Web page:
The boys checking what is in the tin can.


Hand crafted testing devices.
 About a week and a half later we come back with equipment, and  re-enforcement's, my Dad and Randy, as well as the original crew. Mike has constructed a device which will take a sample of sand directly from the center of the spring. It's super high tech, made from a tin can, and attached to the end of a metal pole. He has also constructed a deep spring measuring device, a 12" spike tied to some twine. It's twenty-five feet long, and did not hit bottom when we tested it.
The log test

This was about as big as it gets.

I want to swim in this, it feels weird.
 We did not find quicksand like Gilligan would have fallen into, but located another "boiling spring", this time in the middle of the creek. The other two springs we found were in a tributary to this creek, and seemed to dam up a pool of standing water from the sand it was spewing forth. This spring was not as noticeable from the creek bank, and I'm glad we didn't let the kids play in the water before we found this. This one too seemed bottomless, based on probing and dropping of the twined spike. The water in all three of the springs was very cold, further indication that it was coming from deep within the ground. I found it interesting that there was no sediment clouding the creek down stream of the spring, the sand was simply suspended in the rising water and falling back into itself. No doubt we will be back, either to swim in it, or later in the fall when the vegetation has died back we can go looking for more oddities in the area.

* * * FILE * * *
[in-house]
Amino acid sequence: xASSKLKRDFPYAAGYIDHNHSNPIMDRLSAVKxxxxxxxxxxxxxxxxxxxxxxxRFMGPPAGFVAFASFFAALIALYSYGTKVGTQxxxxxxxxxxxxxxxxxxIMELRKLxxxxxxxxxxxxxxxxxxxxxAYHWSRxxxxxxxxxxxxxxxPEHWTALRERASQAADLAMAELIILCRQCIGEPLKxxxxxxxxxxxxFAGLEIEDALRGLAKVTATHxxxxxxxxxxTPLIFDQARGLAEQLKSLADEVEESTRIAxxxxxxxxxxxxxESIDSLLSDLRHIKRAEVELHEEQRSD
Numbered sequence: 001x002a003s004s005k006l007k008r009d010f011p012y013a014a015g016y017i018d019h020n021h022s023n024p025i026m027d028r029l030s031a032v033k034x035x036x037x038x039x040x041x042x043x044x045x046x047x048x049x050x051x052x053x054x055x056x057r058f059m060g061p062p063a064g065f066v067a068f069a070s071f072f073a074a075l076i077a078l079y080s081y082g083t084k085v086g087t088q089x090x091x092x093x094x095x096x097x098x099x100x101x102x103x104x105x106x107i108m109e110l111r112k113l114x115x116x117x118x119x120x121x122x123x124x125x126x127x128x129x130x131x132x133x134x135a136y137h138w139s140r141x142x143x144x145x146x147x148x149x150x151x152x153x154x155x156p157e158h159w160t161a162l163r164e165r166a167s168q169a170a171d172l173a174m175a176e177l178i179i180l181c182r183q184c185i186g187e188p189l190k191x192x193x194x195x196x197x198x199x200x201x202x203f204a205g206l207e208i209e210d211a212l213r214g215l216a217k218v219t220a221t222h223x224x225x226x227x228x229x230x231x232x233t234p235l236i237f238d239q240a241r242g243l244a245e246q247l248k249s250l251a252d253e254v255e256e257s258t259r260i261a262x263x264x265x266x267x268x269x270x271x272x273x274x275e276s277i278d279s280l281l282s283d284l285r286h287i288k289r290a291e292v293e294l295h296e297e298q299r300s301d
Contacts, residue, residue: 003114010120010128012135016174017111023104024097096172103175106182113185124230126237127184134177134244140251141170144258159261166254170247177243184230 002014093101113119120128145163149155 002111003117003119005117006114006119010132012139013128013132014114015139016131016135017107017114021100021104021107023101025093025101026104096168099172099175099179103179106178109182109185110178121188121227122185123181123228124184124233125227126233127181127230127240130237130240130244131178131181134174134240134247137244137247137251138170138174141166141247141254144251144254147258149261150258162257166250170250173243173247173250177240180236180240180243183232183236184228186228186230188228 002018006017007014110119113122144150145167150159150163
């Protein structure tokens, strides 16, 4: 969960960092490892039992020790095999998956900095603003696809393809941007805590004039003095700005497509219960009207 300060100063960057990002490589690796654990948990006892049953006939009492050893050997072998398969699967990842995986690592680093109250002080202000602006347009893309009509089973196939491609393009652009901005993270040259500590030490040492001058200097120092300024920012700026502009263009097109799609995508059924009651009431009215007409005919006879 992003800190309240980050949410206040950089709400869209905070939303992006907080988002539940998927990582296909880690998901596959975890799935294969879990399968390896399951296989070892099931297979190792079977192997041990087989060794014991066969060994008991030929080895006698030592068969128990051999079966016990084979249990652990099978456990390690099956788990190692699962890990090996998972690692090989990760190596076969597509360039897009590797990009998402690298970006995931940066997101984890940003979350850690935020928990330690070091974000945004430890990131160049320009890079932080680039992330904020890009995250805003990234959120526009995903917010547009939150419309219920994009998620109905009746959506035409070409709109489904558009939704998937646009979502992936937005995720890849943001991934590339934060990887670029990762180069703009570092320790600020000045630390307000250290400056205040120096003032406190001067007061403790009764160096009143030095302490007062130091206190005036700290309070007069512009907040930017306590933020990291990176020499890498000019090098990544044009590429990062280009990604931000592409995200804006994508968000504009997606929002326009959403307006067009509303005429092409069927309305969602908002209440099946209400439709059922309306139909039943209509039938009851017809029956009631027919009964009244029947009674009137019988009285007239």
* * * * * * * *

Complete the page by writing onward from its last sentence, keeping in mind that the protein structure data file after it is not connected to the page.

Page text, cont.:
The way out.